This is also a useful question.

From the NIST cloud definition, in a public cloud, “the cloud infrastructure is made available to the general public or a large industry group and is owned by an organization selling cloud services.” For a private cloud, “the cloud infrastructure is operated solely for an organization. It may be managed by the organization or a third party and may exist on premise or off premise.” So a private cloud -could- be behind a protective firewall. In your view how do public and private clouds compare security wise?

Private VS Public should probably be evaluated through Single-tenant VS Multi-tenant.

As software people, we know that complexity is the enemy of security, and that, traditionally, for every thousand lines of good code we should expect multiple flaws. For similar features delivered to customers, are clouds more complex, less complex, about the same?

It’s the type of code that’s the issue (as opposed to LOCs). What the Web should have taught us is that we don’t want application programmers writing security controls like authentication/authorization, session mgmt., etc. We’ve become ever so slightly more secure as these controls have been sunk back into the application infrastructure (app-servers, middleware, etc) and pulled out of the apps.

Cloud means that some of security controls required to compensate for platform weaknesses are pushed into the application. That is a problem.

What is even more worrisome is that for SaaS, the controls push through the application layer and into the legal agreements. Lawyers… draw your own conclusions.

Generally, cloud-based applications depend on reliable and secure networking. Anecdotally, I seem to experience more network glitches than local freeze-ups, and networks need working DNS, routers, etc. A few thousand smartphones suddenly turned on in a conference center is also an issue. Can the network really be as reliable as the local client?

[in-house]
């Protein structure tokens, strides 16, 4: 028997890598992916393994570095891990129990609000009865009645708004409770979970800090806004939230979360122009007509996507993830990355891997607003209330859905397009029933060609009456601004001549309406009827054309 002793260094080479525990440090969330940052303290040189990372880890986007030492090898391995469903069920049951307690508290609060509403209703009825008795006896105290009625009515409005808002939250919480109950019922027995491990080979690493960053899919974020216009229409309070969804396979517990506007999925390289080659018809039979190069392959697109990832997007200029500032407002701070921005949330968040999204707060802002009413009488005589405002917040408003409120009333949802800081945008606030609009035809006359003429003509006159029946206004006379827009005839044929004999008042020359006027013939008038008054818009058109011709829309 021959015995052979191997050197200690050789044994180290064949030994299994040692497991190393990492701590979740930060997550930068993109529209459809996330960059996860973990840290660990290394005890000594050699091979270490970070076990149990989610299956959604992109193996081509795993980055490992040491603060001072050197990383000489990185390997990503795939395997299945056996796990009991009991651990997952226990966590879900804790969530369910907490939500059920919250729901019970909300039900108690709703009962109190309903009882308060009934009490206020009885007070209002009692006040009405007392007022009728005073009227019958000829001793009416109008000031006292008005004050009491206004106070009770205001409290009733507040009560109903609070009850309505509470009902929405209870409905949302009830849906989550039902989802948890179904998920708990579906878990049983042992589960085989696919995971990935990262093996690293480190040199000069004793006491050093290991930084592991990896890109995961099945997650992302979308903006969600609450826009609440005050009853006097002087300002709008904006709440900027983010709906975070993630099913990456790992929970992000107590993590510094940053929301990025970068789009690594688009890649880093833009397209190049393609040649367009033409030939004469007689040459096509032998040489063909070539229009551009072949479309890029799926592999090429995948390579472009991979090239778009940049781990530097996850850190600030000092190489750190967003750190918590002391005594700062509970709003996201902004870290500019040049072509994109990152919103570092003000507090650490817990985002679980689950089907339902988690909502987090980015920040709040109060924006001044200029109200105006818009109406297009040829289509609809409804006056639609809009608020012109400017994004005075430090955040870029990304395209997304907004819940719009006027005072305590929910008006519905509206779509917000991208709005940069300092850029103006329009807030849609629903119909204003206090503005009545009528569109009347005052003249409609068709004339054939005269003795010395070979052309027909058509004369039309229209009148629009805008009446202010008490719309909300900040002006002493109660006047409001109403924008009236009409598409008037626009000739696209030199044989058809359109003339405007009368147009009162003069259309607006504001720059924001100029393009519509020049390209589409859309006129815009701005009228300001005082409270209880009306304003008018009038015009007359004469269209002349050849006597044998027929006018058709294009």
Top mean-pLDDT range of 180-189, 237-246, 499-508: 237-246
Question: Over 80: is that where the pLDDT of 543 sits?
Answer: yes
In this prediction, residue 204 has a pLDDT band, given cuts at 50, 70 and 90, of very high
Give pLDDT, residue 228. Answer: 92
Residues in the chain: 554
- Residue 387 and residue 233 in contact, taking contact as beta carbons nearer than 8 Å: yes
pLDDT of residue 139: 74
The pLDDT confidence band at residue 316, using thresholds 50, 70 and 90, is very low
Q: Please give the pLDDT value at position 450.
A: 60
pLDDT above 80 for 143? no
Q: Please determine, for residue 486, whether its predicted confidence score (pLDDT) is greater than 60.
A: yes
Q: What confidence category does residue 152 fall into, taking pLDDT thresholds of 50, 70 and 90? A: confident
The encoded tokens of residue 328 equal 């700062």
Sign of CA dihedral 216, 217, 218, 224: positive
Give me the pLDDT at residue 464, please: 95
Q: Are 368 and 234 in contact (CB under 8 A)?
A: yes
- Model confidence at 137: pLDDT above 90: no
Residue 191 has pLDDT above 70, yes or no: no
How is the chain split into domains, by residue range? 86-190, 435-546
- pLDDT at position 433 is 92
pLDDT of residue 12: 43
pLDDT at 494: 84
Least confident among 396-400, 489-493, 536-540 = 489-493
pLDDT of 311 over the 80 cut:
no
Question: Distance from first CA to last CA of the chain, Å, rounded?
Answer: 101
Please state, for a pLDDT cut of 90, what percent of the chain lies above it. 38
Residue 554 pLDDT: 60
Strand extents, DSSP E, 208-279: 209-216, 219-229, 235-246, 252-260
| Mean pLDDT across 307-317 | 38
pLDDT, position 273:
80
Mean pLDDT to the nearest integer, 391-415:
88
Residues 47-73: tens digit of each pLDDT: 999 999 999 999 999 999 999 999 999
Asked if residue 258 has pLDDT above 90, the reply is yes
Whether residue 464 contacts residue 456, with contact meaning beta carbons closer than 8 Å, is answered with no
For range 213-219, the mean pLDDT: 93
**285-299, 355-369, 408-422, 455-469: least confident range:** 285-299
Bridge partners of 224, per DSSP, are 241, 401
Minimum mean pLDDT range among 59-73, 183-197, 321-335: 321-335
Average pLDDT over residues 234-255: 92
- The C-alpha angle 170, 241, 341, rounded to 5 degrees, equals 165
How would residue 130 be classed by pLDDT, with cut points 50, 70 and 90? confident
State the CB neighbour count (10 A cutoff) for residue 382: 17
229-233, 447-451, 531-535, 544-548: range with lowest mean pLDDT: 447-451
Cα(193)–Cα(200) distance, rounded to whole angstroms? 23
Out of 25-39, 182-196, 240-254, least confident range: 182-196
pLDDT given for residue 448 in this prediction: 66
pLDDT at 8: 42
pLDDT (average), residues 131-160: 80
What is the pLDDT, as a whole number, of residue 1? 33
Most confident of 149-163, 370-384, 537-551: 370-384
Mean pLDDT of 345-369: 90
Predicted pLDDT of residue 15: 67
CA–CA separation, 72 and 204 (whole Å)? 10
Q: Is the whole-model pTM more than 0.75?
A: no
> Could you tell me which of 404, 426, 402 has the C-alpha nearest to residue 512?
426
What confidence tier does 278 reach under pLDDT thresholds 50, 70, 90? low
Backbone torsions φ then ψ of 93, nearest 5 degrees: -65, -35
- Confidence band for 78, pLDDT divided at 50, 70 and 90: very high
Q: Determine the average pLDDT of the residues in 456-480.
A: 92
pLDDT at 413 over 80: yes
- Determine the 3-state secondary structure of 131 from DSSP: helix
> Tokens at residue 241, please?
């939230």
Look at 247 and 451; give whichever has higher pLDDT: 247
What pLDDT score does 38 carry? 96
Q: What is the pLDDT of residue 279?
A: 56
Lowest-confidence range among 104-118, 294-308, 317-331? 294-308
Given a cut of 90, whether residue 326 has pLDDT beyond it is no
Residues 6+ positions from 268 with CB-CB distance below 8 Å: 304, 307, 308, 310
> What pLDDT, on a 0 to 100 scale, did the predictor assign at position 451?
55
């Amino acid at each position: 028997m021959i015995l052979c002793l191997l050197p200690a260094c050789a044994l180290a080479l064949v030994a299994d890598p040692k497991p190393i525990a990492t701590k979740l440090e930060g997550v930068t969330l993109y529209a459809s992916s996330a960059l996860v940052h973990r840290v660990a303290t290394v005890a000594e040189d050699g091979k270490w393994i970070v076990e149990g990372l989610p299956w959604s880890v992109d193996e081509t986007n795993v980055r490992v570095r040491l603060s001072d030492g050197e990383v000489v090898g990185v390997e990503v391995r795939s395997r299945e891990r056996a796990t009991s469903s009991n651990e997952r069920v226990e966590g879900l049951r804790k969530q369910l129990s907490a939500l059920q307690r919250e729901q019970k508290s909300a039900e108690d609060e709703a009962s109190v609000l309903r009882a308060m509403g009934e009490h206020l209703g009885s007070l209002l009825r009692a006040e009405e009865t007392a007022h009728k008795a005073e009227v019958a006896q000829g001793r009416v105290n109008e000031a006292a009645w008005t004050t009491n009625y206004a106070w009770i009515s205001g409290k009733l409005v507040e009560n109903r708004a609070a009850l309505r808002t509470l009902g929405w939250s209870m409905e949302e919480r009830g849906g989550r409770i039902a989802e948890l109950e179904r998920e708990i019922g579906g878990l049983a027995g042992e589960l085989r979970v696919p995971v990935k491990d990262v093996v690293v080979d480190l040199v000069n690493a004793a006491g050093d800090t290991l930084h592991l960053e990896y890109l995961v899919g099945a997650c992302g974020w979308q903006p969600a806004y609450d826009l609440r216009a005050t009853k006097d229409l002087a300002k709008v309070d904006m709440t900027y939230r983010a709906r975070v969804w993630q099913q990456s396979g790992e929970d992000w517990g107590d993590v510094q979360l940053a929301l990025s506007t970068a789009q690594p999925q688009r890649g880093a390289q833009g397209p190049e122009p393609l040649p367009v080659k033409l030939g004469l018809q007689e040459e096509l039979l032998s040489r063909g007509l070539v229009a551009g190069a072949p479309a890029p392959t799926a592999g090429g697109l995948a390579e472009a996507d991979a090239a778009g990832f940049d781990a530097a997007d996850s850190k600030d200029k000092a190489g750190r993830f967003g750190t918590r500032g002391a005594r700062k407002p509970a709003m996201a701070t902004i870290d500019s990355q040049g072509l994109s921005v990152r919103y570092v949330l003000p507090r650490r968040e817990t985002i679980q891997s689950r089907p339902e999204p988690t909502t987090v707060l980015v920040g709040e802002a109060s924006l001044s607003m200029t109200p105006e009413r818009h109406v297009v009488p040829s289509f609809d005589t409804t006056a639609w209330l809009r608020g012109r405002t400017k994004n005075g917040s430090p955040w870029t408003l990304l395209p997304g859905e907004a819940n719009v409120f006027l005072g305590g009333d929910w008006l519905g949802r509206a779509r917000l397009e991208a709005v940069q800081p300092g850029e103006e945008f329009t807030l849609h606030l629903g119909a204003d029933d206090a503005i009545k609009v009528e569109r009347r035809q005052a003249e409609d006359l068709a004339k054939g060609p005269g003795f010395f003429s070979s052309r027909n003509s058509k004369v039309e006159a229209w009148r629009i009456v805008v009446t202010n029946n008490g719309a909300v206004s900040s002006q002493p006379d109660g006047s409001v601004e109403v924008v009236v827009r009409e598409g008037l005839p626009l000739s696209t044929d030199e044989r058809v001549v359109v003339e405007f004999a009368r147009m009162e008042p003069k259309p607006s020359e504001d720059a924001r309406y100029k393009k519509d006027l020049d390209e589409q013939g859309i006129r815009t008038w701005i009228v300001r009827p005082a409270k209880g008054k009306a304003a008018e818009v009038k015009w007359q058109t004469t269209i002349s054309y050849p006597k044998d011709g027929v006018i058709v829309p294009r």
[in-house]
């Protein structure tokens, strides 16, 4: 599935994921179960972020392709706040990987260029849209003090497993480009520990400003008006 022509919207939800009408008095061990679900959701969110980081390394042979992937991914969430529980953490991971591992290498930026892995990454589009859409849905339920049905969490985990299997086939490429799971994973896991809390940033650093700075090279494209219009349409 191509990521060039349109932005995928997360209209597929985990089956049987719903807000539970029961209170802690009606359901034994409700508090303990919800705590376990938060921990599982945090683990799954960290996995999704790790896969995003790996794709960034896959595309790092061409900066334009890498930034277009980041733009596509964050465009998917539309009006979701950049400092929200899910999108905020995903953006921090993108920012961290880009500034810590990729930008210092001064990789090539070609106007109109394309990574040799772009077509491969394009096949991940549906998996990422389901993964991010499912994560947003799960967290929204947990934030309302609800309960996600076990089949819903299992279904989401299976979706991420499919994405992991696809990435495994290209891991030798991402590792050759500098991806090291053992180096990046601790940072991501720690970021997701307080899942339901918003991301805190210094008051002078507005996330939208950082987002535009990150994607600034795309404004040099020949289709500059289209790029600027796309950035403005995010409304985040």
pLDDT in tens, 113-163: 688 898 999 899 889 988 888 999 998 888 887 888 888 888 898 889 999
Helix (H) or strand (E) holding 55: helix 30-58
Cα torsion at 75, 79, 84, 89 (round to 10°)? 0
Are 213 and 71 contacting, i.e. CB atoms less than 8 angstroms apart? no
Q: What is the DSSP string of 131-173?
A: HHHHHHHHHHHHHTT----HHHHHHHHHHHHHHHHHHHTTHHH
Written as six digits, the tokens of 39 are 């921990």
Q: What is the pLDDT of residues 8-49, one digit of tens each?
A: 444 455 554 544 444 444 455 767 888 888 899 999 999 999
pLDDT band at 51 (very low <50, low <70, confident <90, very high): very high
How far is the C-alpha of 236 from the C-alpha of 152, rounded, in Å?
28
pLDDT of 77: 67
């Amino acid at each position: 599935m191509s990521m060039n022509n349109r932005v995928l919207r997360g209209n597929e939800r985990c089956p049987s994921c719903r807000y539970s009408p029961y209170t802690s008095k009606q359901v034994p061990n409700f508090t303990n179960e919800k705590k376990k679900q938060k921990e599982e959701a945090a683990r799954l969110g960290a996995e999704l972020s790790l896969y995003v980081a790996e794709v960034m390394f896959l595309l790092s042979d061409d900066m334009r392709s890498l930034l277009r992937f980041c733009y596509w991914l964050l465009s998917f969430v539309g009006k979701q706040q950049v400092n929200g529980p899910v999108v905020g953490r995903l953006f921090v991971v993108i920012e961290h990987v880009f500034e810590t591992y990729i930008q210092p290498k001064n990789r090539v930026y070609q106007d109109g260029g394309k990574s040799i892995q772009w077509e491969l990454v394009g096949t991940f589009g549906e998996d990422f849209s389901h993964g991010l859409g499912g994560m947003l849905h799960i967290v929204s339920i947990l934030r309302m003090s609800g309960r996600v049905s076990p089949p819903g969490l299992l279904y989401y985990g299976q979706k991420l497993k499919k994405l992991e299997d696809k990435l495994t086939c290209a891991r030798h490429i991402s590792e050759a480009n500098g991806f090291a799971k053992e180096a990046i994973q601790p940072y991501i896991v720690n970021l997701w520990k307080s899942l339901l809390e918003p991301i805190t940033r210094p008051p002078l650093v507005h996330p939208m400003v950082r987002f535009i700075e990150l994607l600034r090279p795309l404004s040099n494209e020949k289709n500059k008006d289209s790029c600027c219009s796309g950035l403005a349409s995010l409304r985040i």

Meh.

Search engines sometimes seem to know us better than we know ourselves. They aggregate data from our searches. With a scale of aggregation in the data center that is perhaps unique to cloud computing, malicious insiders in the data center might pose a unique and sobering threat to privacy. How concerned should we be?

Also meh. Expect everybody to watch everything. Act accordingly.

The Cloud Security Alliance lists account hijack as one of the top 7 threats for the cloud. For most people, the browser is the access point to the cloud, but browsers seem always to be getting smacked down at contests. E.g., see http://cansecwest.com/, with a macbook already owned this week and more likely on the way. Can we be confident that our cloud accounts are safe?

Weakest link, yadda yadda.

Multi-tenancy is a high-profile feature of clouds. It seems similar to process separation in operating systems, which has a checkered history security wise. What should give us confidence that cloud-implemented multi-tenancy will keep customer workloads really separated.

goto QUESTION 6

Considering the data replication practiced by some cloud providers and the inherent difficulty of erasing data authoritatively even when the local storage device is in hand, can we have real data delete in the cloud? Do you think it matters much?

Deletion is the most important part of backup.

What is your number 1 most important security challenge or opportunity in the cloud?

Software security uber alles.

One Response to “Cloud Security Panel at NIST and informIT Reaction”

  1. gem says:

    A more recent article on Cloud Security from my SearchSecurity series can be found here:
    http://searchcloudsecurity.techtarget.com/news/2240158323/Gary-McGraw-on-cloud-computing-pros-and-cons-for-security